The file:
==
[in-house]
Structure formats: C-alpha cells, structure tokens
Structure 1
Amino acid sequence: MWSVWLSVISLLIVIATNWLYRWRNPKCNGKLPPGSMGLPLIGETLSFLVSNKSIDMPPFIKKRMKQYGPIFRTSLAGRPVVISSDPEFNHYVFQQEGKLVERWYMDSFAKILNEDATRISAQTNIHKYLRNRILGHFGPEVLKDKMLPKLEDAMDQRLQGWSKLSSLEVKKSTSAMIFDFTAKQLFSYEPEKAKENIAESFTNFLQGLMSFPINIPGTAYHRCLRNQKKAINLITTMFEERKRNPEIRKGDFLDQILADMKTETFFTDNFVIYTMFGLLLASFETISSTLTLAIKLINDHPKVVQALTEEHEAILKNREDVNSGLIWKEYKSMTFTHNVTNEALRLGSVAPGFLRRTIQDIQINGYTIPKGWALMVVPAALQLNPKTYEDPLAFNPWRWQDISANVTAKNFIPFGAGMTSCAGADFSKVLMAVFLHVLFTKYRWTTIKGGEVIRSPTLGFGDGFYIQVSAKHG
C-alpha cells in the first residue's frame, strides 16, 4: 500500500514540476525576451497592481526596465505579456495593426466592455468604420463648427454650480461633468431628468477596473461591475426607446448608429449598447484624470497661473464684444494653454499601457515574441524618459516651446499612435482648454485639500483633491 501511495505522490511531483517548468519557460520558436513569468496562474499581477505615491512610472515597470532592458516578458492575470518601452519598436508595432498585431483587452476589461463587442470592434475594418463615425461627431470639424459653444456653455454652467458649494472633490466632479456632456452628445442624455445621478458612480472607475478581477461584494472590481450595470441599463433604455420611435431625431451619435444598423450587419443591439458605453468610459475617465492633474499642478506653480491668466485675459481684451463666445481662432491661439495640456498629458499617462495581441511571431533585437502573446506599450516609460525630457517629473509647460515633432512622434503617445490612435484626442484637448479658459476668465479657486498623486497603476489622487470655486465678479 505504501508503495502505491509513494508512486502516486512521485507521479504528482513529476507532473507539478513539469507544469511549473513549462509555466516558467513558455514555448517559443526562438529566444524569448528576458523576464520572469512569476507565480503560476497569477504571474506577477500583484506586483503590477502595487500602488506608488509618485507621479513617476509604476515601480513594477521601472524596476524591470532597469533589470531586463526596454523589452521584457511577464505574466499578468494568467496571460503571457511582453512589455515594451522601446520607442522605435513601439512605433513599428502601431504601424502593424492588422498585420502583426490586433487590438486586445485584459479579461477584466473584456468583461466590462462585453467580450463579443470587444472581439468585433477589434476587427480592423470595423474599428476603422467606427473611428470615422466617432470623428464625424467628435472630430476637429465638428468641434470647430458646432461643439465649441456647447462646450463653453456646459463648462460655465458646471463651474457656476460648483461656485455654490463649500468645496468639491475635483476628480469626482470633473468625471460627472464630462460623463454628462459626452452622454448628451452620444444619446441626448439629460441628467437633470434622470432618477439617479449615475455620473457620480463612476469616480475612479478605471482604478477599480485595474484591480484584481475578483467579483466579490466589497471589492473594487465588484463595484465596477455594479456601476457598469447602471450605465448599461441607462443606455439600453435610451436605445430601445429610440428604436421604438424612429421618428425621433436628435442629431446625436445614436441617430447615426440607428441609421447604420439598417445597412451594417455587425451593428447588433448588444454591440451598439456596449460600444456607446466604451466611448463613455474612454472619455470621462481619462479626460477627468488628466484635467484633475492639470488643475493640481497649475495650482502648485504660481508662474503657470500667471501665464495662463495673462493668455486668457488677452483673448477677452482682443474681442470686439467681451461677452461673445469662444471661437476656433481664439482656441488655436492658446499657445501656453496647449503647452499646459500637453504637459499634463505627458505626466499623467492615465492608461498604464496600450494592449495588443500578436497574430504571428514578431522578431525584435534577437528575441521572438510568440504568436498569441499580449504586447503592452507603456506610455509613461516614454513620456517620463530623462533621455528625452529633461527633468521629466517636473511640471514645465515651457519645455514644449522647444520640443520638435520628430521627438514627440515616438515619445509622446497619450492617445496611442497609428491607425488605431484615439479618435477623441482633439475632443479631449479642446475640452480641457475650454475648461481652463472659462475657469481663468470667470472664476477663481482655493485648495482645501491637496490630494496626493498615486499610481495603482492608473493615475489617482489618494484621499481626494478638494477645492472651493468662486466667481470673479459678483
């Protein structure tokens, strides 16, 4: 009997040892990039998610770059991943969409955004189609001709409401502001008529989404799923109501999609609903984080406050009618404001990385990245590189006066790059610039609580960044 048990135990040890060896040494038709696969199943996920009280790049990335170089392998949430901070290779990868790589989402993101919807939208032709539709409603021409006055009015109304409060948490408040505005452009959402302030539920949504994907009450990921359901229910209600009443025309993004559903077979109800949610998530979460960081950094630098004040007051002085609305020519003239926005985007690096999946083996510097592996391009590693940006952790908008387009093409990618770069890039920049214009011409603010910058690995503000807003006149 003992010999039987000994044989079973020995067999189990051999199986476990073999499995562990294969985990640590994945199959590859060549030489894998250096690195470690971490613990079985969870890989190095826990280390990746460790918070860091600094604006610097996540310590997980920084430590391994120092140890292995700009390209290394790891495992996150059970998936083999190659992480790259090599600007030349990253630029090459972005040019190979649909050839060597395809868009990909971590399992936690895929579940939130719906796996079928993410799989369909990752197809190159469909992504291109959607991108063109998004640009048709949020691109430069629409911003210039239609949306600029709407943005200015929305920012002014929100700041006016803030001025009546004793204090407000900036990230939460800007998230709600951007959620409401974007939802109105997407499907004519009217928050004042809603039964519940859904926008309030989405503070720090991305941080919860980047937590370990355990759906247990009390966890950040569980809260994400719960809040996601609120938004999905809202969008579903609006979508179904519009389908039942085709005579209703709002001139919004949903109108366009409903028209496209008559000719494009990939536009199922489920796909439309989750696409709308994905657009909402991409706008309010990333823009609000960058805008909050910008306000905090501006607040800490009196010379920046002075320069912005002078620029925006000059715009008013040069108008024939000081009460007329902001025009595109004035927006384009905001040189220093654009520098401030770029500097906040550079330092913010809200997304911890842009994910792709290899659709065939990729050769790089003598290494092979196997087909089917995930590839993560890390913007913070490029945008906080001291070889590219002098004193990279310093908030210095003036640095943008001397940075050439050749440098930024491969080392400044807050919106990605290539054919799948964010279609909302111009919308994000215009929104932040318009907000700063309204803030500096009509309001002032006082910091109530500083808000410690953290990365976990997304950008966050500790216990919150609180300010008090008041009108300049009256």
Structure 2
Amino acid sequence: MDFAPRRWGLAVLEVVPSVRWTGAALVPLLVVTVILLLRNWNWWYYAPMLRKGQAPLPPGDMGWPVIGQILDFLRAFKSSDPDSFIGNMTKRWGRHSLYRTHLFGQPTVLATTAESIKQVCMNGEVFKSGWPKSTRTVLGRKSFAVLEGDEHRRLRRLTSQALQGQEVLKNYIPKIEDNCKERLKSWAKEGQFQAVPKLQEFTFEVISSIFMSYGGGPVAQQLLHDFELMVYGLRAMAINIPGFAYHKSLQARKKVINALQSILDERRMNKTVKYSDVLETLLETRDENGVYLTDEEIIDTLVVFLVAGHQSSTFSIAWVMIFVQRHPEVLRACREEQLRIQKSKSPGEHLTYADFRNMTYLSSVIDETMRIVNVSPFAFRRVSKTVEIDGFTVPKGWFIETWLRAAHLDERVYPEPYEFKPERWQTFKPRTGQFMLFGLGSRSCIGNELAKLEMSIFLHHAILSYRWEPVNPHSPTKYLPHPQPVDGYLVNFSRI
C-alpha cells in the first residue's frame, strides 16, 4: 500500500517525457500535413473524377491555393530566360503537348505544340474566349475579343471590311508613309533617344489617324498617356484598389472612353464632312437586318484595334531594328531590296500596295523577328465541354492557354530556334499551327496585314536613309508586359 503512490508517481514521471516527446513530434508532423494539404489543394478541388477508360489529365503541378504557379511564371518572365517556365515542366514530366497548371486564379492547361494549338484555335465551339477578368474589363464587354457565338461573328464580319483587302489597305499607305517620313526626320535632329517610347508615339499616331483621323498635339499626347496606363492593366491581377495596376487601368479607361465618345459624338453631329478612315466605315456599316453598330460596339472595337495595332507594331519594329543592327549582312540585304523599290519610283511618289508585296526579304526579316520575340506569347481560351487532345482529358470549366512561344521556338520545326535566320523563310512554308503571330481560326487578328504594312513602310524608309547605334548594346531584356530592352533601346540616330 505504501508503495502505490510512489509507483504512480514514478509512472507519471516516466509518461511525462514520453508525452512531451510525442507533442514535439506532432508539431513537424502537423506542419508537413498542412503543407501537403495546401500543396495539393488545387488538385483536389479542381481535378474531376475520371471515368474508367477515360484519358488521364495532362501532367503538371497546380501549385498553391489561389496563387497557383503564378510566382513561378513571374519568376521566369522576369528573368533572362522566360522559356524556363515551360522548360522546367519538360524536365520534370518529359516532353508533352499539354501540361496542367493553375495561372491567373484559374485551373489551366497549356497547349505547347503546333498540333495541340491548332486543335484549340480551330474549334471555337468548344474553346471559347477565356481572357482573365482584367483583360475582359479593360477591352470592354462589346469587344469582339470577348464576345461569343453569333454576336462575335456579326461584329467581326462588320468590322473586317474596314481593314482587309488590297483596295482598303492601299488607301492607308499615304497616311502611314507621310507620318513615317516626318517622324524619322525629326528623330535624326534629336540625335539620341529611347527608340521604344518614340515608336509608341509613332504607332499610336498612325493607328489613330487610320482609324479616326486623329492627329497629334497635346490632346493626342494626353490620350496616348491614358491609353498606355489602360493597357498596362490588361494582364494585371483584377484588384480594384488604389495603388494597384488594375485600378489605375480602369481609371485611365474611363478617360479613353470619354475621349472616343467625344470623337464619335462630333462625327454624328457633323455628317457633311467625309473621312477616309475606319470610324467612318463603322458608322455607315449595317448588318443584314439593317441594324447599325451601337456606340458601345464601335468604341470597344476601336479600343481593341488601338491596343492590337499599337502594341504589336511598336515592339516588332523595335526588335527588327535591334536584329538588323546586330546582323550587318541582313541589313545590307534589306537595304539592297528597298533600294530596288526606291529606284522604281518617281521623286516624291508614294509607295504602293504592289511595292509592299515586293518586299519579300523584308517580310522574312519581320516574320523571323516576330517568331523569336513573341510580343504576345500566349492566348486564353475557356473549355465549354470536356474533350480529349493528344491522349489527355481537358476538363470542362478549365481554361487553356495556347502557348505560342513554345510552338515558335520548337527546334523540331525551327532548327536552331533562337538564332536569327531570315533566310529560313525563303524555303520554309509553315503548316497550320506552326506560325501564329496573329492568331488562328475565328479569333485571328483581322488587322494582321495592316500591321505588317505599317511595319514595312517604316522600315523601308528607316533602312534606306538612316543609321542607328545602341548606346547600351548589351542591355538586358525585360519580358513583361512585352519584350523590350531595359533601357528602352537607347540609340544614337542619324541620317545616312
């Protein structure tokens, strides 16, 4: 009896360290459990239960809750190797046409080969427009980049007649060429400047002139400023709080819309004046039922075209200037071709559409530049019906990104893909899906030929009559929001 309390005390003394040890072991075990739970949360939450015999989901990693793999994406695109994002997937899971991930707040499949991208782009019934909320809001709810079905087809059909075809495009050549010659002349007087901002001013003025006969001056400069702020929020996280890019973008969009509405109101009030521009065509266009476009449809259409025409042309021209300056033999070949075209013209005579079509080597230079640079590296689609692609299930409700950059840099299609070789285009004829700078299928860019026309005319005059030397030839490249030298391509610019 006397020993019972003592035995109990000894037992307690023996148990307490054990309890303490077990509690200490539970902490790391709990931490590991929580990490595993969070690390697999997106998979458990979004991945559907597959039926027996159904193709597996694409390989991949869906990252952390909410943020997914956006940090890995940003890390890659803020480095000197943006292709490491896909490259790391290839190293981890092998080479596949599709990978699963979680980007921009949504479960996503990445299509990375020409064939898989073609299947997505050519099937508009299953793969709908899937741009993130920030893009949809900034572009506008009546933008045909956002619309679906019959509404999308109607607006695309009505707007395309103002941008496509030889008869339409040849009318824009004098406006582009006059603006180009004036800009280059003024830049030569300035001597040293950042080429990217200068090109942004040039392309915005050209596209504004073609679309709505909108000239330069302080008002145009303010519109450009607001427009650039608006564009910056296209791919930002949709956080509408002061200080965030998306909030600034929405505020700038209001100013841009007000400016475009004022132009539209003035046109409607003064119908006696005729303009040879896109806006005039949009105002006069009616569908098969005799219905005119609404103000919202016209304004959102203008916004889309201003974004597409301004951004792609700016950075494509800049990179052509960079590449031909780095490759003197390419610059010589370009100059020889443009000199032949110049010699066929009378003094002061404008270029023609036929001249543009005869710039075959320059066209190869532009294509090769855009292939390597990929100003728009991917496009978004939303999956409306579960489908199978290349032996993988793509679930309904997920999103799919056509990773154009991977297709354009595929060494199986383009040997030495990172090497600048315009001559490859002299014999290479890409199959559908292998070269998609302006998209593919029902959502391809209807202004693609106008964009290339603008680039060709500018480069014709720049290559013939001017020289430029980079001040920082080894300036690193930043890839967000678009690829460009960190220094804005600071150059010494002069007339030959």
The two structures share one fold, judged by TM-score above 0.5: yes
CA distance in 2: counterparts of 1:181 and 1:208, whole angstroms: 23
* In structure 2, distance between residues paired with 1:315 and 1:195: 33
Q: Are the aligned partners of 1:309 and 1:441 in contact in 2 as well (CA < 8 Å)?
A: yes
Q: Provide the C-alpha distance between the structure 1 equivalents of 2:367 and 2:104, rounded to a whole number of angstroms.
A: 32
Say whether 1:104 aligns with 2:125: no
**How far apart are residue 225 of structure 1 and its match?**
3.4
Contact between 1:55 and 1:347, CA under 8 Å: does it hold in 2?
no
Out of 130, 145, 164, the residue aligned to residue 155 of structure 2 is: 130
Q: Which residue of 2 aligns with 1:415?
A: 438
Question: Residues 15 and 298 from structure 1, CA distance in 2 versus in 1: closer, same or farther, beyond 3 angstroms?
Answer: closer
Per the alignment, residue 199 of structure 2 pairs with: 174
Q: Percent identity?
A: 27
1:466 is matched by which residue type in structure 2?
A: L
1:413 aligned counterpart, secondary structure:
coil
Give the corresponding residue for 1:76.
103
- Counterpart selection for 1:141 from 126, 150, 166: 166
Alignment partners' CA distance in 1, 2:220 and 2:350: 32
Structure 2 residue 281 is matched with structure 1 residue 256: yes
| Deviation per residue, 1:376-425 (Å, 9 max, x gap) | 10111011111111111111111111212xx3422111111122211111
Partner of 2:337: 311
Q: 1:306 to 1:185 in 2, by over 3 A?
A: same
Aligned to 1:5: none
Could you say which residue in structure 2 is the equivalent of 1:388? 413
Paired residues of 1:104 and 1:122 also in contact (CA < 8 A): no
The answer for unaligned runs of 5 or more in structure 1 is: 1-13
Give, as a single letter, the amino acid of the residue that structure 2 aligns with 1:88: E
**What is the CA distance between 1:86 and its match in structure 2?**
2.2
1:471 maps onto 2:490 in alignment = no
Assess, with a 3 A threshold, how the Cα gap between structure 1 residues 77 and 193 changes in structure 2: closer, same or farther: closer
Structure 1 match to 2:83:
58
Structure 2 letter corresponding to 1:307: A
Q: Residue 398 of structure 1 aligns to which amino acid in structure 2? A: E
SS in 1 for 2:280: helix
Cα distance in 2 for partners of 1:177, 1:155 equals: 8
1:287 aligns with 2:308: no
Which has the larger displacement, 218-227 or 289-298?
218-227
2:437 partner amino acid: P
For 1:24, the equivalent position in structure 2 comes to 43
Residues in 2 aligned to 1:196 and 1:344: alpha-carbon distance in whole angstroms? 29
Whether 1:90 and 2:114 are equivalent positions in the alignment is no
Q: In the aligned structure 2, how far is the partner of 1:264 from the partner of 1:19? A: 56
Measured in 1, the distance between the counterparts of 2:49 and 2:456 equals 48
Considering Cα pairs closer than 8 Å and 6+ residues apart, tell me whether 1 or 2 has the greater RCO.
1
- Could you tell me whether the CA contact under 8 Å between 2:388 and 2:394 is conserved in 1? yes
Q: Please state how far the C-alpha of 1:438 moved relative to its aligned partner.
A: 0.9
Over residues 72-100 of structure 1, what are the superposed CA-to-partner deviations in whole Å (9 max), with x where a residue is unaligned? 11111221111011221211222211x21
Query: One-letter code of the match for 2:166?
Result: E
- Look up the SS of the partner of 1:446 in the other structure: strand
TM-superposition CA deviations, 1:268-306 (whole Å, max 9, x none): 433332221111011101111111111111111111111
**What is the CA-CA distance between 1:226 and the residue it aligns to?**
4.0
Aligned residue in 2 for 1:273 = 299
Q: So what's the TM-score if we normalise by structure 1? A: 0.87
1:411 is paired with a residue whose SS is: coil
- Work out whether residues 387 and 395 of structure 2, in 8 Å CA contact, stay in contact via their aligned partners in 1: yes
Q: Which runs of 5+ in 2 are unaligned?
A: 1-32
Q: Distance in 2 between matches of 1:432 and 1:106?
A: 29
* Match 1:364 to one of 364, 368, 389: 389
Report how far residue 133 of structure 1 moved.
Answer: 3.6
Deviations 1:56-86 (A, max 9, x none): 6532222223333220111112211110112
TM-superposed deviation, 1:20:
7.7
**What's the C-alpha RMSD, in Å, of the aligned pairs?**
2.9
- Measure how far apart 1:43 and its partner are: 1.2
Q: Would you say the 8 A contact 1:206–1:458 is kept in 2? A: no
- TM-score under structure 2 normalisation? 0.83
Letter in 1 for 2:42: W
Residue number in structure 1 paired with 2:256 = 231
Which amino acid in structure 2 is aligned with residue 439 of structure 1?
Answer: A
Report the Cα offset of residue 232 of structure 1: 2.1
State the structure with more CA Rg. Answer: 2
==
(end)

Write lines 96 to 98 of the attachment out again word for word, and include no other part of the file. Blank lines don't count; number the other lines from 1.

- Measure how far apart 1:43 and its partner are: 1.2
Q: Would you say the 8 A contact 1:206–1:458 is kept in 2? A: no
- TM-score under structure 2 normalisation? 0.83